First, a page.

Love by the Tracks

Photo By Tina Nord

A green field, purple hills in the distance, a vegetable garden, a place for hay. This was the view from the farmhouse where we were going to live.

“I want a dapple grey horse!” I said. We were sitting in the car making plans for our life together.

A train flew past. Paul liked to sit next to the railway tracks. I counted each one of the clattering freight cars. 23.

I met him when I started working at a new school. I was setting up my classroom when he strolled in to say hello, tall and handsome. I was a 38 year old teacher with long red hair.

“What’s your name?” he asked. He was distracted, his gaze traced the corners of the ceiling. I watched his eyes behind dark-framed glasses fall on a patch of cobwebs.

“Sarah,” I replied, nervous.

“Paul and Sarah. Sarah and Paul.” 

I stared at him. Butterflies inside me. Were we going to get married? The thought came fast, without warning. I wanted to run.


“Better to have loved and lost than never loved at all.”

My mother recited the mantra to comfort herself about marrying my father on the rebound from her one true love. She kept his old crumpled love letters hidden inside a black shiny handbag in the kitchen cupboard.

The mantra established the coexistence of love and loss. You can’t have one without the other. Love is quantified through loss.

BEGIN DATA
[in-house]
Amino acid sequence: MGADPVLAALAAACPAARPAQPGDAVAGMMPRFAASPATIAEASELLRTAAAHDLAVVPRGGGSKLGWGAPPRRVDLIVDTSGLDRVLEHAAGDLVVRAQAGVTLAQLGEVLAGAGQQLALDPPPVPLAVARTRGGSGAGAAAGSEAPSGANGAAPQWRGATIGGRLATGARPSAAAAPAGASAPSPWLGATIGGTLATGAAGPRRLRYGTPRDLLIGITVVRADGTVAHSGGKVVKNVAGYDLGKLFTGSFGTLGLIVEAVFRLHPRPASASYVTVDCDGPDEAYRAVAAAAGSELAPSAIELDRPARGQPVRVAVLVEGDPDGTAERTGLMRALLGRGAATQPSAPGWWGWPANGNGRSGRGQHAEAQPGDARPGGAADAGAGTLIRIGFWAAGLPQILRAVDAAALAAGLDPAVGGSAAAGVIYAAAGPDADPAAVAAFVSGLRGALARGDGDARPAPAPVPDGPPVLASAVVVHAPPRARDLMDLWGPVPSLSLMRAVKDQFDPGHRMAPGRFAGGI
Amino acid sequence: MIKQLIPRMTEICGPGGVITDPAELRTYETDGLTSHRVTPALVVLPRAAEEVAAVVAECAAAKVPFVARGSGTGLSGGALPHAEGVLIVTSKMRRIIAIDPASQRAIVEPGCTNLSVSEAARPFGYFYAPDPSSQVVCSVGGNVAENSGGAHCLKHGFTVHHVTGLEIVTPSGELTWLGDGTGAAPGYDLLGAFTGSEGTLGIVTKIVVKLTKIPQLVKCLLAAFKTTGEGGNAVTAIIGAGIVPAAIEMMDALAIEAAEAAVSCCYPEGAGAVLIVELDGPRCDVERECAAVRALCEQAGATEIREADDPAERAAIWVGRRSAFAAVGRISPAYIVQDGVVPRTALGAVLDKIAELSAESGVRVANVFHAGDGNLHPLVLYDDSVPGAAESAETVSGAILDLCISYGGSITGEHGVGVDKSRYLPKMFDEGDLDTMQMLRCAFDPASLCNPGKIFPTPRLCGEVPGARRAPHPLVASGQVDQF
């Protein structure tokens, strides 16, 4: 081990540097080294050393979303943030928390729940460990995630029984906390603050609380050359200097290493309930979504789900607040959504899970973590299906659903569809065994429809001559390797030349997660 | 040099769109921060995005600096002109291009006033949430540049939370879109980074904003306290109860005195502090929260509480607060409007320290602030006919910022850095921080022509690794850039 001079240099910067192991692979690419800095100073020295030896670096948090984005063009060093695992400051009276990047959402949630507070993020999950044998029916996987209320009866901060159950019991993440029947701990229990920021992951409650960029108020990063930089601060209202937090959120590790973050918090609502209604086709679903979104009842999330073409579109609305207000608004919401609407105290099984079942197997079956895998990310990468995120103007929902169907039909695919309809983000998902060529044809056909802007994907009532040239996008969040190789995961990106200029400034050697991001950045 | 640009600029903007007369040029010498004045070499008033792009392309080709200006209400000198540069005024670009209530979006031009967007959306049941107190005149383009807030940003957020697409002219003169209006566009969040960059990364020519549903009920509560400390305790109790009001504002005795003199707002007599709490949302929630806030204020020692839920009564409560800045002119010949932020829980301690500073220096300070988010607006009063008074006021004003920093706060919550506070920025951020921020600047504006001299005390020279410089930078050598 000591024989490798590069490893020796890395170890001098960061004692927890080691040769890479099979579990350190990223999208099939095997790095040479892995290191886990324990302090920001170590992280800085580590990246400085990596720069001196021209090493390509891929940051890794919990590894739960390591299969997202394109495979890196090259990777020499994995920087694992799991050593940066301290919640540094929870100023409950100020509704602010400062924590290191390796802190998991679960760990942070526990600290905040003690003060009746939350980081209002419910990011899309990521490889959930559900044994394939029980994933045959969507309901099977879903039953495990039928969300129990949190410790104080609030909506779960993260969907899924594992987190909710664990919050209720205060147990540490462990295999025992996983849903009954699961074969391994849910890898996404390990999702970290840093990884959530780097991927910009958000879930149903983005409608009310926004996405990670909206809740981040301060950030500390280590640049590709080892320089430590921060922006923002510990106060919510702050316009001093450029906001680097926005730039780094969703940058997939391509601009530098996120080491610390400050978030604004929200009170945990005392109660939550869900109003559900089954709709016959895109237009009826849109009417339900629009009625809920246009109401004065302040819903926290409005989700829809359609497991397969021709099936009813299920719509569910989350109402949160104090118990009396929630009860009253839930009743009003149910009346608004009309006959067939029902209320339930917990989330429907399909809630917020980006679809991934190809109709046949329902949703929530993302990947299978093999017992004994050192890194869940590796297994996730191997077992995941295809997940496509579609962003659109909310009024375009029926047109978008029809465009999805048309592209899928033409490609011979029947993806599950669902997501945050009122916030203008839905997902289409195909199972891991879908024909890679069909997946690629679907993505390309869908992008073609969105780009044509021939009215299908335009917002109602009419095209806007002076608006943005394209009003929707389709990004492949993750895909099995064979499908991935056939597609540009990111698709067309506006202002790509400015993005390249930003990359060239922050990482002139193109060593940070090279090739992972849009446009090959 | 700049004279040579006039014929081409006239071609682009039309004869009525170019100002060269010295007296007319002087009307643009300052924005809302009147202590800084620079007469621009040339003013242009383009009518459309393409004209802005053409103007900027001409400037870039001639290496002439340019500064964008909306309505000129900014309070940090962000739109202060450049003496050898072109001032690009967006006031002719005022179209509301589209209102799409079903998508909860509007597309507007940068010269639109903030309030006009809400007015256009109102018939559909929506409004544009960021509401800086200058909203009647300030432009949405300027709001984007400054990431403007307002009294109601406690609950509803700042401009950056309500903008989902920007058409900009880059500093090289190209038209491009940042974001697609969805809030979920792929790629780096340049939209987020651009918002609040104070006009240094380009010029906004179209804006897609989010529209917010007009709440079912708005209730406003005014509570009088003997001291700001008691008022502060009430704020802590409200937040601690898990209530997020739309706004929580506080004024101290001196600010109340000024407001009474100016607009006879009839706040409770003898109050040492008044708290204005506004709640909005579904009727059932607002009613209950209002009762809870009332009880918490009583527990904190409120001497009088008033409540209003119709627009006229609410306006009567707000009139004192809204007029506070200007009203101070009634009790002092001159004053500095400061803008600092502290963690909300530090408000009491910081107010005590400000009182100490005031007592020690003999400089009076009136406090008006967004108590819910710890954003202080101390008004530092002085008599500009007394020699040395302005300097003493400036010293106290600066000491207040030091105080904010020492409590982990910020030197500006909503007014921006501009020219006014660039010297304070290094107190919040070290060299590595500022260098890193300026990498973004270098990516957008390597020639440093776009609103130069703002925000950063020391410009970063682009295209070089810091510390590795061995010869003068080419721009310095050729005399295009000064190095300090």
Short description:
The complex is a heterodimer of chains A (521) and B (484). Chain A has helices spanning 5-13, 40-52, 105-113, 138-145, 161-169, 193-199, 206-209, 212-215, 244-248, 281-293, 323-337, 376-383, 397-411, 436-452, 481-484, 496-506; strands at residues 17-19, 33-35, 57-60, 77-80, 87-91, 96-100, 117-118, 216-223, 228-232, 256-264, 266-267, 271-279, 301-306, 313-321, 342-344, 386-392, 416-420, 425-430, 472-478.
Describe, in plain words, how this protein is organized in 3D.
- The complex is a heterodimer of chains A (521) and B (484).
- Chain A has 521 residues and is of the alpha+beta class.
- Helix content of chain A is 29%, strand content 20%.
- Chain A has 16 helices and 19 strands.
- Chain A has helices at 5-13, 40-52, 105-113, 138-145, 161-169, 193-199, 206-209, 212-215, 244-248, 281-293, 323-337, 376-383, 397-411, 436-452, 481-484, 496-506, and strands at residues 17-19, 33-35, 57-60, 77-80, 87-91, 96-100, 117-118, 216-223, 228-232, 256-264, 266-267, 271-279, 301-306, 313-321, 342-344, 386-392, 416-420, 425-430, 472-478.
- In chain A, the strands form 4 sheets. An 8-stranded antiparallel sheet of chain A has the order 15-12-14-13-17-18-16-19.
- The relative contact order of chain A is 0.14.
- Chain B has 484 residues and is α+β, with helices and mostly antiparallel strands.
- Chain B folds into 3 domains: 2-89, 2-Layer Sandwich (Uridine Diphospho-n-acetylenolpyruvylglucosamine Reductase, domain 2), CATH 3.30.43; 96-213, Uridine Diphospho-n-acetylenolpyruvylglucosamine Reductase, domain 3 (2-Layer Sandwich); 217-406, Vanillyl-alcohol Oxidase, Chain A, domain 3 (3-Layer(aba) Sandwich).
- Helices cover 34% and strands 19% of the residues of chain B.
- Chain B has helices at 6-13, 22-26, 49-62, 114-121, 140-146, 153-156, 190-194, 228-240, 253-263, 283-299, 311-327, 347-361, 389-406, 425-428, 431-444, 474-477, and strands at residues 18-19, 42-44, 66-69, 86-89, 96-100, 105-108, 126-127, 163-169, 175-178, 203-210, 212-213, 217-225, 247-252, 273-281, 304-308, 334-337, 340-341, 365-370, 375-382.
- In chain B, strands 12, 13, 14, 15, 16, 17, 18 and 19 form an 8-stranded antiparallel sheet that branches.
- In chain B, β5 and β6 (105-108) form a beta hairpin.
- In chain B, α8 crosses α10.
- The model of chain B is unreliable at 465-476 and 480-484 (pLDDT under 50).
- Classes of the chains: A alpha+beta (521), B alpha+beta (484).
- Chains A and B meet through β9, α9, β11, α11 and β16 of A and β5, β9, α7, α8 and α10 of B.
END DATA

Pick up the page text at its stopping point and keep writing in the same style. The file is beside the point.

I lost my mother to breast cancer when I was thirteen. I never had the chance to grow up and individuate myself from her. Instead, she lives inside me, as a ghost. It’s not really fair on her. She deserves to be a ghost who is free.

Navigating my path in romantic relationships is difficult. From the start, I am afraid of losing myself in the other person. I rig up barricades and make-shift walls, erect scaffolding. When I hide myself, I am hard to read and fully know.

In time, the fear of losing myself merges with the fear of losing the other person. I dismantle the scaffolding. But I grow mistrustful and watchful. I keep a terrible score.


With Paul, I threw caution to the wind.

On Sundays, we went to the marsh. Purple and yellow wildflowers stretched out of view, cattails cut into the sky. Bird calls filled the air, herons and cranes took flight overhead. We walked along the wooden boardwalk holding hands. The sun transformed into a deep orange orb.

We stopped for drinks in dark velvet bars; I was deep inside a fairy tale.

We started going steady. Fate was tempted. We fell madly in love. We’d lie on my futon sofa for hours, peacefully entwined. My heartbeat entrained with his.

“We’re arguably the poster children for tantric sex!” Paul said. We almost died laughing. 

Time flowed unbroken when we were together.

“You’re my person,” he’d say, enfolding me. I’d stand on tiptoes at the back door to kiss him goodbye.

While apart, we emailed back and forth throughout the day, texted late into night.

Paul’s house was in the shade of a hill next to a railway line. He kept bird feeders of different sizes in his garden, hanging from the tall pines with soft bluish-green needles. He knew the names of the birds and their songs, their migratory behaviors. So many black-capped chickadees!

“First one to find the new feeder every time.”

In bed one morning, he decided I had a pretty bird mouth. We laughed.

“I love you Sarah.”